Another moment in Liverpool’s march towards their new stadium passed today, with a lot less fuss than many would have expected. Liverpool City Council were awarded the money they had applied for to carry out regeneration projects tied in with the new stadium, meaning that another potential obstacle to the ground being built has been overcome.
To cut a long story short, LFC proved they could afford to build their new stadium, and in return money was released to regenerate the surrounding area.
Liverpool FC haven’t asked for this funding, from the Objective One fund, rather it was asked for by the local council. Their use of the money is to improve and regenerate the area around both the existing and the new stadium, but to get that money the committee looking after the funds wanted to ensure that Liverpool FC could afford to do their bit for the cause. Liverpool’s estimated costs of £180m to build the new ground dwarf the £9m funding assured today, but that money is important for the local area. Without it the new stadium could in theory still be built, but planning conditions would then not have been met, and the improvements to the rest of Stanley Park could not have been carried out.
The fuss was expected by many because it was assumed that Liverpool would have to make a big announcement on investment before this £9m could be released. The deadline of the end-of-the-month was looming and some were trying to make out that Liverpool FC would struggle to prove they could afford the new ground. As we said earlier in the week though, Liverpool just had to prove they could raise the money one way or another and not necessarily show which method they had decided on. If Liverpool could prove that they could get a huge mortgage for the stadium if it came to it, then that was going to be enough proof for the committee. Whether a Kraft or a Morgan is waiting in the wings or not is irrelevant to today’s decision; the club proved they can build that ground one way or another and the funds were released.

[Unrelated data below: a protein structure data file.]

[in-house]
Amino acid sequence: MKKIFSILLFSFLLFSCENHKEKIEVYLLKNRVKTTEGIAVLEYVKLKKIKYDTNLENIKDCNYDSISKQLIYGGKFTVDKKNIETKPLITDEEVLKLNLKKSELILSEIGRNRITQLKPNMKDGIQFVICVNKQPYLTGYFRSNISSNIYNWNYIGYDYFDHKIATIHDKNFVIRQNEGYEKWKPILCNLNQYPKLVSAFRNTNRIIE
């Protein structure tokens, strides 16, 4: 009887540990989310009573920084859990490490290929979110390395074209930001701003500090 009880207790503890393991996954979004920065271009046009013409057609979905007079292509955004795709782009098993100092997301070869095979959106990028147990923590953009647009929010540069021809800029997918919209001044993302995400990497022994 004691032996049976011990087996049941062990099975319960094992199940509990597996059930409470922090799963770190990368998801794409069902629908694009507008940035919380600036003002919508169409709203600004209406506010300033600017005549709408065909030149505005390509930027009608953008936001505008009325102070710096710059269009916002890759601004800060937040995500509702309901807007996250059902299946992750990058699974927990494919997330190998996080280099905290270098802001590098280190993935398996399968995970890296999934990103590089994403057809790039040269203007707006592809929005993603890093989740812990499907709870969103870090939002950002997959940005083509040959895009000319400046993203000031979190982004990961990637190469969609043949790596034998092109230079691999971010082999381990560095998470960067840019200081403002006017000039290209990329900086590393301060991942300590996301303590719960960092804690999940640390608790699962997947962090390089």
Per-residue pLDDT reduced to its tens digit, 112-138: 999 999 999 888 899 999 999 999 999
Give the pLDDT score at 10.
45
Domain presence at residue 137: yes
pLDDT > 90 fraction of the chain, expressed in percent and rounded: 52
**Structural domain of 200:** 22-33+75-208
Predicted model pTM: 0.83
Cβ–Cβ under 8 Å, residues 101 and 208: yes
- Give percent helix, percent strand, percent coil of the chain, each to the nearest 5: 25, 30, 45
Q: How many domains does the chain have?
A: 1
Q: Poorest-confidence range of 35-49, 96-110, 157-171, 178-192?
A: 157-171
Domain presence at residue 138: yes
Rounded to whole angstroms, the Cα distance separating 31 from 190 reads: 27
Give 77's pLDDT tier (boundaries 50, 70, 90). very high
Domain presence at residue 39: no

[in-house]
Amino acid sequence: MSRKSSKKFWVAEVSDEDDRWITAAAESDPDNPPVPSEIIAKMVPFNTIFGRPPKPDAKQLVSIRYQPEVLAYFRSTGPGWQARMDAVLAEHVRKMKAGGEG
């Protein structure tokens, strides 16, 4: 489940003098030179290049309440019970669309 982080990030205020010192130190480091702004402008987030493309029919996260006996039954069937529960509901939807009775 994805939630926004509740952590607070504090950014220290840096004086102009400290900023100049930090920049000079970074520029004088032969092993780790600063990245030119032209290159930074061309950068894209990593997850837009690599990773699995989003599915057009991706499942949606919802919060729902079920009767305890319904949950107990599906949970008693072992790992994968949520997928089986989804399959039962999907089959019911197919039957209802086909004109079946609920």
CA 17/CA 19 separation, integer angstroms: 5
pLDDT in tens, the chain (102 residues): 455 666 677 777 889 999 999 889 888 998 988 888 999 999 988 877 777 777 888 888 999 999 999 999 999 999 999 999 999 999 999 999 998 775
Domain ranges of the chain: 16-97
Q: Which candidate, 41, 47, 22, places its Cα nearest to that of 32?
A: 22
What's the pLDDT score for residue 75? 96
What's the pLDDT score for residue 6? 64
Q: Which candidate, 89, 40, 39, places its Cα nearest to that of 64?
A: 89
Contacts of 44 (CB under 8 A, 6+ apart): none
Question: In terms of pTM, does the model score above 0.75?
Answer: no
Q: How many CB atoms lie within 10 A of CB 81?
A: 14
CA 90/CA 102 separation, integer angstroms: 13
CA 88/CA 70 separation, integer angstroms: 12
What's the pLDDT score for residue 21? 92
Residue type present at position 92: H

Liverpool’s Chief Executive Rick Parry was pleased that the committee had released the funds, emphasising how it was good for the citizens of this part of Liverpool, how it was an important part of Liverpool’s own plans: “The Committee’s decision is very good news for the people of North Liverpool. It’s another significant step forward in our plans for the building of a new stadium, which we have always seen as a catalyst for the regeneration of the whole area.”
The £9m is part of a package totalling £24.6m for the regeneration of the area, in particular for refurbishments to Stanley Park – including a new lake – and the Gladstone Conservatory. A statement read that “Liverpool FC provided satisfactory evidence that the funding is available to it to build a new stadium and the award was made on that basis.” The work has to be completed by December 2008 under the terms of the agreement. Liverpool FC are also donating £5m towards that £24.6m, along with £8.9m from the Northwest Regional Development Agency and £1.7m from Liverpool City Council.
Flo Clucas has been very vocal in respect of this funding, giving the impression of someone agitated at a lack of action from the club. She’s the chair of the Objective One Project Selection Sub-Committee and gave Liverpool deadlines of her own prior to this weekend’s final deadline. She seems happy enough now though, saying: “This is a major step forward for the people of Anfield. It will underpin substantial investment by other partners whose commitment will help transform the neighbourhood. Jobs, training opportunities and major physical regeneration will build a momentum that we expect to be sustained over time.”
She told the Liverpool Echo that the money was approved based on assurances from the club that they had the money available. For some reason she felt it necessary to make a comment about having to give the money back if the stadium didn’t go ahead. She said: “The committee was assured that if we approve the Stanley Park restoration, the stadium will go ahead. It is a matter for the club to speak about the funding package. If the stadium does not take place, then this £9m will have to come back to Objective One.” Why there was any need for her to make those comments isn’t clear, but it does suggest that she still has doubts about what the club have told her. According to some reports, work to build the new stadium will get underway before the end of this year, so her doubts will be confirmed or otherwise fairly soon.